The turmoil of these current international developments may have been the catalyst in the birth of the Chian Federation but the efforts of the Federation also signify an awareness of the Greek-Americans of their responsibilities to exercise their rights as American citizens. The Chians along with other Greek Americans must participate in the prominent issues of this country and responsibly exercise their right to petition the government and their duly elected public officials. This we have done and should continue to do. As such, the Greek-American has fully evolved to understand and participate in the political process of American government and hence has truly become an integral part of that beautiful and colorful mosaic characterizing the American people and the American way of life.
  The series of events which led to the actual formation of the Federation itself began in the summer of 1974. While the Turkish army was pillaging Cyprus and the Turkish government was threatening the Aegean Islands, the Chiotes of the various Chian societies met to coordinate their activities in petitioning the U.S. government and our elected officials to condemn and speak out on this infamous Turkish action; a tragedy which, to this day, remains unresolved.
  To coordinate these efforts an Ad Hoc Committee was formed. Under the auspices of this committee, during the summer of 1974, the Chians of New York collected funds for the Cypriot refugees, participated in three excursions to Washington, D.C. (in chartered buses and countless private vehicles) to petition the U.S. government for an evenhanded and fair policy on Cyprus and the Aegean; informed the citizenry of the facts of the Cypriot and Aegean issues; and urged and organized the transmittal of thousands of letters and telegrams to our elected officials expressing our strong opinions on these issues. We were all gratified that our efforts were fruitful in at least limiting the U.S. arms shipments to Turkey and in getting the message across that, if Turkey meant to continue her aggression, the support of the U.S. Congress in such adventures would unquestionably be denied and that the rule of law must prevail.
  Although the damage had been done, we felt a sense of bittersweet success in that the U.S. Congress shared our view in several respects. First, by recognizing that Turkey's actions were illegal in that U.S. arms were used in the invasion of Cyprus; second, by reexamining U.S. policy towards Greece, Cyprus and Turkey in terms of past alliances and human values; and third, by examining and questioning the relative importance of Turkey to our national security, at least in the face of an uncompromising position on the part of Turkey which verged on the brink of blackmail.
  Initially, however, to each participant in the drive to petition, urge, and inform the elected officials and the administration, came the recognition and realization of the glory that is the system of government in the United States. A people with a just cause properly voicing their concern was able to make the government listen to its pleas. This event transformed the Greek-American from a rather apolitical individual, to an active participant in the politics and issues of the United States, since it is as American citizens that such participation was undertaken.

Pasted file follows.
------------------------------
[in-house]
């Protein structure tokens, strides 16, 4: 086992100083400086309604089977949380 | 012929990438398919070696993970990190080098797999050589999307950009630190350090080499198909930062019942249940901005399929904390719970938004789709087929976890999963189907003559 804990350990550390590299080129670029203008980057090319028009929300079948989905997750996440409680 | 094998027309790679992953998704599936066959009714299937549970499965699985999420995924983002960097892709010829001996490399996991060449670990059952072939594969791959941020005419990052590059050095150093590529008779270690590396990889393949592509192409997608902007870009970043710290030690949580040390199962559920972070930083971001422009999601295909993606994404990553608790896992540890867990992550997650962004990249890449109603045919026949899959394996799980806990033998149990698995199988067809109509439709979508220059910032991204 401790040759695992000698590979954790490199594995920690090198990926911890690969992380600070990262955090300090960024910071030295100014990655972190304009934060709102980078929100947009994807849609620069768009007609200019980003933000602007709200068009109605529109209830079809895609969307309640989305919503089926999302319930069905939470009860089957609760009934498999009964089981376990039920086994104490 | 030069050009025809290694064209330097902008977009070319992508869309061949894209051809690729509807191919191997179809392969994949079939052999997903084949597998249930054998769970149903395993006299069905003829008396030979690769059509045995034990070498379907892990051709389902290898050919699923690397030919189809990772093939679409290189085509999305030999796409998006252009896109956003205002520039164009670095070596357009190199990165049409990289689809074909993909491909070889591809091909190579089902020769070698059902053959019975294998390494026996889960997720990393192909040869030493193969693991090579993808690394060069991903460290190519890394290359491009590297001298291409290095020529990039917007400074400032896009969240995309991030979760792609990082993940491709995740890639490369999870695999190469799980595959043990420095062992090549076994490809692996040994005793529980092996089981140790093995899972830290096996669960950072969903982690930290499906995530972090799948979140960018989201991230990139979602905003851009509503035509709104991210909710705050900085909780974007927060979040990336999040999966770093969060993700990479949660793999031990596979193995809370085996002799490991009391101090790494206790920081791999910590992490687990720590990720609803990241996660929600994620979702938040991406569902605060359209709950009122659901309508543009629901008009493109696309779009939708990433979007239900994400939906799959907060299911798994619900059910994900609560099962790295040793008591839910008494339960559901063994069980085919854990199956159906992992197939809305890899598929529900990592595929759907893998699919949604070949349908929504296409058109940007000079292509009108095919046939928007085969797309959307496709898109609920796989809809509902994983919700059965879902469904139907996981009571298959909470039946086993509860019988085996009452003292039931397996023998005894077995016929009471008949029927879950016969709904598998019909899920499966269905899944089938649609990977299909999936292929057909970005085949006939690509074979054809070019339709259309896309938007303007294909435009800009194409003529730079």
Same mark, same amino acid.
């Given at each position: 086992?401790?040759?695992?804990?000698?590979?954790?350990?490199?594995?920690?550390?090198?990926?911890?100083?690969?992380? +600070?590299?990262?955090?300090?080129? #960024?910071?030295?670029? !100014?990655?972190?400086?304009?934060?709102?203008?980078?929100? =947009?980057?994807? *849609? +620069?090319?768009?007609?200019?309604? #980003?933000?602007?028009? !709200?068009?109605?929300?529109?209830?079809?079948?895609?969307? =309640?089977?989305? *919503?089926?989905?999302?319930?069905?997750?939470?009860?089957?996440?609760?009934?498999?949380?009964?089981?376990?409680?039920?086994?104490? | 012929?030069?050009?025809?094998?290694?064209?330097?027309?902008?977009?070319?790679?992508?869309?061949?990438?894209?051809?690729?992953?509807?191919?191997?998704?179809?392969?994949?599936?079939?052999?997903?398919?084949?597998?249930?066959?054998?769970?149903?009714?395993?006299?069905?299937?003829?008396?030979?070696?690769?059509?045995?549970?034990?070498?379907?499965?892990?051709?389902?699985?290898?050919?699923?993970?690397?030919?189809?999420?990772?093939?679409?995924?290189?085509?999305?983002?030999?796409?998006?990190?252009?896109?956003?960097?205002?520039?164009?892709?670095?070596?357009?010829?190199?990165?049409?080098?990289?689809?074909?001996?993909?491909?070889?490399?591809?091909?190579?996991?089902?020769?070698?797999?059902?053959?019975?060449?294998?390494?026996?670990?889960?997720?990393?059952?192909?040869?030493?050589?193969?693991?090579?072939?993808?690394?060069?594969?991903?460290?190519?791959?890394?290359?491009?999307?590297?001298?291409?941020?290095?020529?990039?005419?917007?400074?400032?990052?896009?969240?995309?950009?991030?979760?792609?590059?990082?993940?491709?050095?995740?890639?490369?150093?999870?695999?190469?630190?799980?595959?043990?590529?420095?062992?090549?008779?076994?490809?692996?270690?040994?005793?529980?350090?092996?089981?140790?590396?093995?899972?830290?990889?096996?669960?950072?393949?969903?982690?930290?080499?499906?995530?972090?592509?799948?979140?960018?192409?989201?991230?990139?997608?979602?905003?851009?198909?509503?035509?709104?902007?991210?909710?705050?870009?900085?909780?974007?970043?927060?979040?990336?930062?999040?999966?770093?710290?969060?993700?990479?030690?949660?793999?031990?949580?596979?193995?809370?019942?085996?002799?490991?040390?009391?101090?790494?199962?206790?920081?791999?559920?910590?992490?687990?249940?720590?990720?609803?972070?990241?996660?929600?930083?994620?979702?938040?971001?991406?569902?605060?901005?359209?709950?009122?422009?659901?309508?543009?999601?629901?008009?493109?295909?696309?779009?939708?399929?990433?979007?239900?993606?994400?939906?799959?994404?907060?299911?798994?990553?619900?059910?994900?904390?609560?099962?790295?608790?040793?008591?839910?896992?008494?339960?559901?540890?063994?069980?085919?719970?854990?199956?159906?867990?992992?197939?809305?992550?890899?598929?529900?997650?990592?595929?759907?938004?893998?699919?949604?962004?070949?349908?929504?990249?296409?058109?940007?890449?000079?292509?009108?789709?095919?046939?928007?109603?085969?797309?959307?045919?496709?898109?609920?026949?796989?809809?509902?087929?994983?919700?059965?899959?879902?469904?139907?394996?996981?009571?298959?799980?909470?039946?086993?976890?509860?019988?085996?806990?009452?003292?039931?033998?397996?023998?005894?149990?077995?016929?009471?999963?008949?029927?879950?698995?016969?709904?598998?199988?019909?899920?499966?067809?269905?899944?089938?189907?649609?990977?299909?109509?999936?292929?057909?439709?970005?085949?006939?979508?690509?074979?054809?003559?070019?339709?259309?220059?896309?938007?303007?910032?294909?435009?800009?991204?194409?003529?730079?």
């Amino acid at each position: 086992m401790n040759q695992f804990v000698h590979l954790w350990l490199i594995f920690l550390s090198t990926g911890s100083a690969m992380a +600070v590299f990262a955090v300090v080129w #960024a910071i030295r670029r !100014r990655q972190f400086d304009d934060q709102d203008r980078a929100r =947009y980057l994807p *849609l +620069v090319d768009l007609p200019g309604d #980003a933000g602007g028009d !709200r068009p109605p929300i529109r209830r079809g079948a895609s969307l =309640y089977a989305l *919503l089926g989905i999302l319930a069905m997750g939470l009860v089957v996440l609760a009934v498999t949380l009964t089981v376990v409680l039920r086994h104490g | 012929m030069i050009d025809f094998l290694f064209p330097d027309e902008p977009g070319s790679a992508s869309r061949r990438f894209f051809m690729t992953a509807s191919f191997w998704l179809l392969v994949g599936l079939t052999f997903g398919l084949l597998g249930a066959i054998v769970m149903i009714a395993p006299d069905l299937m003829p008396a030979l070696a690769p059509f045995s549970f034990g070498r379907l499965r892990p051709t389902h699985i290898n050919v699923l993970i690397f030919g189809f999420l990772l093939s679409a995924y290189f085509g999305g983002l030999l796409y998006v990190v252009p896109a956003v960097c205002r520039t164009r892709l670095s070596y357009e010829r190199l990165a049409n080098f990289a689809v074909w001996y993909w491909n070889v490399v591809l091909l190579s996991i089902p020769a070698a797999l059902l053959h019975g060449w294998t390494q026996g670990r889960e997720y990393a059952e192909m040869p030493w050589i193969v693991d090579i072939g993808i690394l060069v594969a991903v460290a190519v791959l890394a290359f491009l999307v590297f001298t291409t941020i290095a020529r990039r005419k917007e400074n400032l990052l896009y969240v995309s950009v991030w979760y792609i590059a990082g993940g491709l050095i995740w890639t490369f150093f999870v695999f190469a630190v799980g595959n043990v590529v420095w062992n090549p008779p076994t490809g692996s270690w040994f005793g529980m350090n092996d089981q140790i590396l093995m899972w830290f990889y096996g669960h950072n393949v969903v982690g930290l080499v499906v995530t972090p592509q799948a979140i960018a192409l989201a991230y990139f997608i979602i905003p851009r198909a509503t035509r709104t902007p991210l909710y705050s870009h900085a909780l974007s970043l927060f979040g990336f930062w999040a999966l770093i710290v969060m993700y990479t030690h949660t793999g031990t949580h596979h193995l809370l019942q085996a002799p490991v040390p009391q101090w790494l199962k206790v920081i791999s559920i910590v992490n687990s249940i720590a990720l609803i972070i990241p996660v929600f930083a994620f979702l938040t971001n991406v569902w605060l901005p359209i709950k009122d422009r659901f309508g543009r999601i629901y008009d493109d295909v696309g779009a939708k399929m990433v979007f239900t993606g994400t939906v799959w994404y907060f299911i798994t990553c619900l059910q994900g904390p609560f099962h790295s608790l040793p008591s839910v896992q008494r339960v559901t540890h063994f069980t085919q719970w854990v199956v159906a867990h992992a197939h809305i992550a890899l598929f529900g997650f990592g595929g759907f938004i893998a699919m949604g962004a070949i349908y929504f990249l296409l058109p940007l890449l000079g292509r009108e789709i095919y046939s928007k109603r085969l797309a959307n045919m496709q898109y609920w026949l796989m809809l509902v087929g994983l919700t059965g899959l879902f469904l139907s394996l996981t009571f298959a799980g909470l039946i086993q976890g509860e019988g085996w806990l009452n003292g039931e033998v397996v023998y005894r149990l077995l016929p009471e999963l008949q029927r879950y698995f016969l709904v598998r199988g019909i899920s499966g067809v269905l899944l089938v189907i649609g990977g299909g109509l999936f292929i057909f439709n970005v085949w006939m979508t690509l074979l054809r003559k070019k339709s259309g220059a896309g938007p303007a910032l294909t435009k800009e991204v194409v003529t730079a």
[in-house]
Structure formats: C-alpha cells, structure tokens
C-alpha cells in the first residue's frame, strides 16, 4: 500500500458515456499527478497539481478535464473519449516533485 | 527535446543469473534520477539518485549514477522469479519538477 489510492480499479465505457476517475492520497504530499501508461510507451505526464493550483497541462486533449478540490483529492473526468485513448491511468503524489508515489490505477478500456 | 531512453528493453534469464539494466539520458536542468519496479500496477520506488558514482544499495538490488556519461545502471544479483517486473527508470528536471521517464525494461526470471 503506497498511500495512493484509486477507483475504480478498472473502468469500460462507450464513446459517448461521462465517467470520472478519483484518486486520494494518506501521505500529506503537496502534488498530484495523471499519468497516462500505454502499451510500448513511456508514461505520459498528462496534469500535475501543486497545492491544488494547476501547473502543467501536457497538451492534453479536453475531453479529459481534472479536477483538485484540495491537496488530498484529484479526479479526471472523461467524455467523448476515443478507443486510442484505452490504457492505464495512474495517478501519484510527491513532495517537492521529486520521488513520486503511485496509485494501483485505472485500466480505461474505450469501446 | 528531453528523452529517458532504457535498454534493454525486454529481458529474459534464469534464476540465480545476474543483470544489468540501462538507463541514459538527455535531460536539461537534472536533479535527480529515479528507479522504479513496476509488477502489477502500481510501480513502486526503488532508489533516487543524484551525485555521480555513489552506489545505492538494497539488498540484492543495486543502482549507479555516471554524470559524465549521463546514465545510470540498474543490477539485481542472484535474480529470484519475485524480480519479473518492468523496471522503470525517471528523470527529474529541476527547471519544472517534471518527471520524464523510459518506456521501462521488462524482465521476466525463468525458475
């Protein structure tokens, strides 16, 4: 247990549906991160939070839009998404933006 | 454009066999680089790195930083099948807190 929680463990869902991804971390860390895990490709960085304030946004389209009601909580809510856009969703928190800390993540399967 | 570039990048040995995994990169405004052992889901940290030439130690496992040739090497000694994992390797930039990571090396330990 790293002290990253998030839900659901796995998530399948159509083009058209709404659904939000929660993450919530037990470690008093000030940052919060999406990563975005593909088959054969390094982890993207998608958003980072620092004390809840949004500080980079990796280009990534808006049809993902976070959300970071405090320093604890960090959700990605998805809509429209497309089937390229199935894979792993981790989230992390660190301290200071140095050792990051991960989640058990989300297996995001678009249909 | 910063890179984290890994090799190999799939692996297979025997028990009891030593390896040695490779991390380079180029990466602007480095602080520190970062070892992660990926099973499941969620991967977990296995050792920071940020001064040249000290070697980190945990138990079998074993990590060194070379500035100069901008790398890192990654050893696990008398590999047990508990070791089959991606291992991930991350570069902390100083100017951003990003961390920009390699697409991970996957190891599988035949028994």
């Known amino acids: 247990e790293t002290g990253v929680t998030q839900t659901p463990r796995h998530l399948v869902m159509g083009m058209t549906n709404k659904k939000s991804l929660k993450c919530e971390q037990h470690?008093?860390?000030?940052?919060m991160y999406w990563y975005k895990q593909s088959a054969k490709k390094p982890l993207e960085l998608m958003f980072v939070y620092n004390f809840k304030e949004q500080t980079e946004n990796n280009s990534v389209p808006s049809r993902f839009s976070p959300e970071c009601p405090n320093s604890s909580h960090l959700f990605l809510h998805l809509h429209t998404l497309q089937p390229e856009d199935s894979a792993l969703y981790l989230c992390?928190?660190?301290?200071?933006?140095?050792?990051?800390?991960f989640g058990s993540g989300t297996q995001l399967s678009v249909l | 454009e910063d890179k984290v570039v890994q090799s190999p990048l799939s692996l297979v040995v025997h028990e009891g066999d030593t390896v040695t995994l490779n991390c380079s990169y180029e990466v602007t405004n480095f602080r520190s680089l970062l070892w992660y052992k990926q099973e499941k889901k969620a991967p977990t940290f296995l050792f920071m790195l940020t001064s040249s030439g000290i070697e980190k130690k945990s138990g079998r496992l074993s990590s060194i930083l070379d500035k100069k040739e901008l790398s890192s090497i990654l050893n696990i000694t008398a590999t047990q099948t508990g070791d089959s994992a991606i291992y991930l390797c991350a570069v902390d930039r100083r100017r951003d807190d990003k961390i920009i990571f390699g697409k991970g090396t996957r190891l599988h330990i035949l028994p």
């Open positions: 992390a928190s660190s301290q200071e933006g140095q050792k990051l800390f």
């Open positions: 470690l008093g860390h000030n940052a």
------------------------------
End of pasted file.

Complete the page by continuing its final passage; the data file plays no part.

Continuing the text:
It was in the fall of 1974 that the Chian societies realized that the success which the Committee experienced was the result of the joint, coordinated effort of all Chiotes acting in unison. Since the Chian-Americans faced other issues where a joint effort was required, the Chian societies met to formalize their unity through a formal organization. They drafted a constitution under which the "Federation of Chian Societies of New York" would operate. This constitution was submitted to the membership of each society for individual approval, which was quickly given, and the Federation became a reality in October 1974, a date which will stand as another milestone in the history of the American Chian.

Cretan Association "OMONOIA" Inc.

Tel: +1 718 7268981
Fax: +1 718 7219172

Evrytanian Association of America "Velouchi"

Tel: +1 704 3666571, 9755973
Fax: +1 704 3666571
  Many Evrytanians immigrated to America following other Greeks during the 1890's. Most settled in large northern cities such as New York, Philadelphia, and Baltimore; a few settled in the South. Many of these immigrants suffered humiliations due to language, cultural, and religious differences. Many of the original immigrant Evrytanians came to America from the village of Viniani.
  Despite difficulties first encountered by the immigrants of the 1890's, the decade between 1910 and 1920 proved profitable for many Evrytanians living in the Carolinas, Georgia, Maryland, and Virginia. Most were owners of restaurants.
  After 1925, a new era began in the South, with many well-established Evrytanians gaining the respect and friendship of their communities. Many returned to Greece at the beginning of the Great Depression, while others remained in America. After WW II, in which the state of Evrytania suffered more than other areas with the Nazi occupation and the communist-inspired guerilla warfare that followed, many persons left Evrytania; many returned to America and many others came for the first time.
  The lives of many fellow Evrytanians has improved over the past century in America. While such assimilation into the "melting pot" has proved profitable, there are costs. One large cost is the loss of being able to read the original literature. One way to share this knowledge is by translating many of the literary works into English, a language that has become primary for many of our youth. Professor Paul N. Chryssikos, a long-time, and deceased in 1997, member of our Association, often donated his time to this excellent cause. One of Paul's translations which he performed for the Youth of Evrytania, is the poem by Mihalis Stafylas "EVRYTANIA". This is available from all local chapters.
The Evrytanian Association came to fruition during 1944 in Charlotte, North Carolina.

Aristotelis Society of Halkidiki

Tel: +1 718 2785652
Fax: +1 718 2389531

Cephalonian Society of America, Inc. "CEPHALOS"

Tel: +1 718 2048491
Fax: +1 718 2041478